If not rail and infrastructure, where should the money go?

Posted on October 22, 2010 by Alex Roman - Also by this author

A new report released this week by the Worldwatch Institute and Apollo Alliance stated that greater investment in the rail industry could essentially catapult the U.S. back to the top of the industry worldwide.

The report, "Global Competitiveness in the Rail and Transit Industry," provides data where rail manufacturing has been a boon, including Germany, Spain, Japan and China.

It notes that in those countries there are common threads to their success, including sustained long-term national investment in freight rail and transit far exceeding the $8.3 billion awarded by the 2009 American Recovery and Reinvestment Act and a national vision where rail provides extensive geographic coverage; uses an integrated, uniform system of operations; and serves as an aspect of a larger intermodal solution.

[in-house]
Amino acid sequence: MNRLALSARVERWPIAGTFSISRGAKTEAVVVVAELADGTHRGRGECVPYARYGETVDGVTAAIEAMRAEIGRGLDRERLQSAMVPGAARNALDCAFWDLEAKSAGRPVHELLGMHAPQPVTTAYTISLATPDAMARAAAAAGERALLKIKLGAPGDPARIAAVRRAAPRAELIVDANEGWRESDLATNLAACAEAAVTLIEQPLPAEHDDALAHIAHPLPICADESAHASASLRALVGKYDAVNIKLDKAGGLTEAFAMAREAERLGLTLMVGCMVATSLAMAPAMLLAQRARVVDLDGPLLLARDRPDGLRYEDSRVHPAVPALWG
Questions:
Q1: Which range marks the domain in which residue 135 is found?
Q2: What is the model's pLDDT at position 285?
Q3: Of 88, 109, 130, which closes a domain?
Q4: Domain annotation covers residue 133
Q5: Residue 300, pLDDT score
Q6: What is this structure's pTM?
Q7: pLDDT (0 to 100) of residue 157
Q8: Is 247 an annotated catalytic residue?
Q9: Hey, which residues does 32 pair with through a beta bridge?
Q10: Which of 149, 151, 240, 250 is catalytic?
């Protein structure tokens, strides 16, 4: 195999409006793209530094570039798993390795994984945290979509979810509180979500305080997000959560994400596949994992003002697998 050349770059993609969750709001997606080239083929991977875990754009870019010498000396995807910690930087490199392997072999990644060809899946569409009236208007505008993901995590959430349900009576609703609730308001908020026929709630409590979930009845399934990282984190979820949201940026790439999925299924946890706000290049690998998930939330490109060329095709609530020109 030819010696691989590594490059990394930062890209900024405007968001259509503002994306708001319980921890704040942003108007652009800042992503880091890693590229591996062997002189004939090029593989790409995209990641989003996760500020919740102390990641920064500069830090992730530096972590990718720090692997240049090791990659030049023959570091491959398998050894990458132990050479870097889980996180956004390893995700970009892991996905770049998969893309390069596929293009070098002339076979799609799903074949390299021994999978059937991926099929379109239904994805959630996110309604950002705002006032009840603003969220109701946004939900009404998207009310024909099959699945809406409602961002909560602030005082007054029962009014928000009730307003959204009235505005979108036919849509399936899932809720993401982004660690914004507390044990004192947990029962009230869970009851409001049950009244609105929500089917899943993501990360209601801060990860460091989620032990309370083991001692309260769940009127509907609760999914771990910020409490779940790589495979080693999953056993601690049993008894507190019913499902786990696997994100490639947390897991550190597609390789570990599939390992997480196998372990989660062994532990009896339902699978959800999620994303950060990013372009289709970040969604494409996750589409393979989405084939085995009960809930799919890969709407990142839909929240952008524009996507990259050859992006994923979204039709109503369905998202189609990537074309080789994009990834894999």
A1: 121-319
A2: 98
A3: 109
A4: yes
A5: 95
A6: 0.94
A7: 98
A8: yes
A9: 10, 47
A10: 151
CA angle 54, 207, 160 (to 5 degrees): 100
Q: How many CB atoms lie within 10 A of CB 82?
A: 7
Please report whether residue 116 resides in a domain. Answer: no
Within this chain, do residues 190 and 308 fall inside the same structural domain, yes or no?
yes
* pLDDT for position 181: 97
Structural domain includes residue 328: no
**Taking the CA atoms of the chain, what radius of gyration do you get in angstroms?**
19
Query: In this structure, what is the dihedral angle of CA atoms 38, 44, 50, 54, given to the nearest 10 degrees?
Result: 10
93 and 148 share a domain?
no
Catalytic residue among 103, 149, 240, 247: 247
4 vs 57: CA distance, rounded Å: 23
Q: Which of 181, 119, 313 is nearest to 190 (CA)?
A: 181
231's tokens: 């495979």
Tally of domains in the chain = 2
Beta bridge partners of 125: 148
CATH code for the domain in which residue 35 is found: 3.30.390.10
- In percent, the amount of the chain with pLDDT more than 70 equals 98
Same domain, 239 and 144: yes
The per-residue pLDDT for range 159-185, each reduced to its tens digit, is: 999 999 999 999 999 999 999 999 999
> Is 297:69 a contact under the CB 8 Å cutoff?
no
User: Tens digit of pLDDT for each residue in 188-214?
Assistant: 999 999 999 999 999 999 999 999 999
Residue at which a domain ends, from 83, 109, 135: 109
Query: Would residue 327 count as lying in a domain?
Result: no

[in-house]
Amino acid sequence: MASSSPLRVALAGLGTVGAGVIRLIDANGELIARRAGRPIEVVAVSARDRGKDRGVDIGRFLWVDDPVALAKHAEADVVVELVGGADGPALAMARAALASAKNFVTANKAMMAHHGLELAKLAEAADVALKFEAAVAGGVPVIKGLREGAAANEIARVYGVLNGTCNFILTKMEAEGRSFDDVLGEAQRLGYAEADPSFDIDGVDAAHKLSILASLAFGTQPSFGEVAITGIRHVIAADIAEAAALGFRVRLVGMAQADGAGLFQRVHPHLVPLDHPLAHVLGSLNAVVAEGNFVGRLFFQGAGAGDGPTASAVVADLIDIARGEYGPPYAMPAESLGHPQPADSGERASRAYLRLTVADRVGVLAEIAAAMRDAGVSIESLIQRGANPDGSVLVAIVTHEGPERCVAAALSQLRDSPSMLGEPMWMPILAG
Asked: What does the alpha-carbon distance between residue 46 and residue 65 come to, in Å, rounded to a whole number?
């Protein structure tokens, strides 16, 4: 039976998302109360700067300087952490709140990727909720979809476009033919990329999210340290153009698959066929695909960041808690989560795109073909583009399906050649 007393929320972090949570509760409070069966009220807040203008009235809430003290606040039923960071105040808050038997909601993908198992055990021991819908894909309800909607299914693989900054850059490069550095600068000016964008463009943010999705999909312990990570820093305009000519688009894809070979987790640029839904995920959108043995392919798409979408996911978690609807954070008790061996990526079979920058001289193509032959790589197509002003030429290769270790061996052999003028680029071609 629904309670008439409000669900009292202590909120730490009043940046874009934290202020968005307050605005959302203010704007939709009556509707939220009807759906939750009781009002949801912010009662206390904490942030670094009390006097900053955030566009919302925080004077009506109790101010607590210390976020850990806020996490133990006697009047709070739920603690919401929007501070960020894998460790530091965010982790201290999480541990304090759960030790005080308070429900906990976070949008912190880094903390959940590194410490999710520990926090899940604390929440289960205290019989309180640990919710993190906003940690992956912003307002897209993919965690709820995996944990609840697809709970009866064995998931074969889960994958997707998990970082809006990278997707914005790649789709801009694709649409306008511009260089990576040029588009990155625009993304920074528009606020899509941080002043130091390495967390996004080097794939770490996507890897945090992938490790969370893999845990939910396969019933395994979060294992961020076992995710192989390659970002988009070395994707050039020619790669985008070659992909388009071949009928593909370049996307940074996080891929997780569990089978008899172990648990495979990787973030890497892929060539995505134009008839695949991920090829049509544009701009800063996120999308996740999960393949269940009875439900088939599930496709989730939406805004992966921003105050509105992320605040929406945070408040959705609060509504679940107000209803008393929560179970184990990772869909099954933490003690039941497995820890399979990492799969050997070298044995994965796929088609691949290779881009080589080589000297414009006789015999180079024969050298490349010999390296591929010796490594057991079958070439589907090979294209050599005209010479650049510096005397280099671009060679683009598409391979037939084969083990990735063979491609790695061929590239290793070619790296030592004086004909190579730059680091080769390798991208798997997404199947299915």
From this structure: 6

So far, it seems like the U.S. at least has a vision. Whether that idea can be successful, however, is unclear since there are so many hurdles, including funding, bipartisan politics and the upcoming elections.

The biggest shame of this whole equation is that politicians are choosing to use transportation as a way to polarize voters and it seems to be working, which puts the hope of a new authorization bill or more money for transportation projects in jeopardy.

What this polarization of voters is really doing, though, is diluting the positive effects that transportation projects are having around the nation and what the further impact could be with continued federal investment. While it's not a new position, it is vital that this country finds something to get it back on its feet before it falls further behind and sinks beneath the weight of other countries' successes. 

If it's not going to be rail or transportation infrastructure, I'm wondering what you think it should be?  

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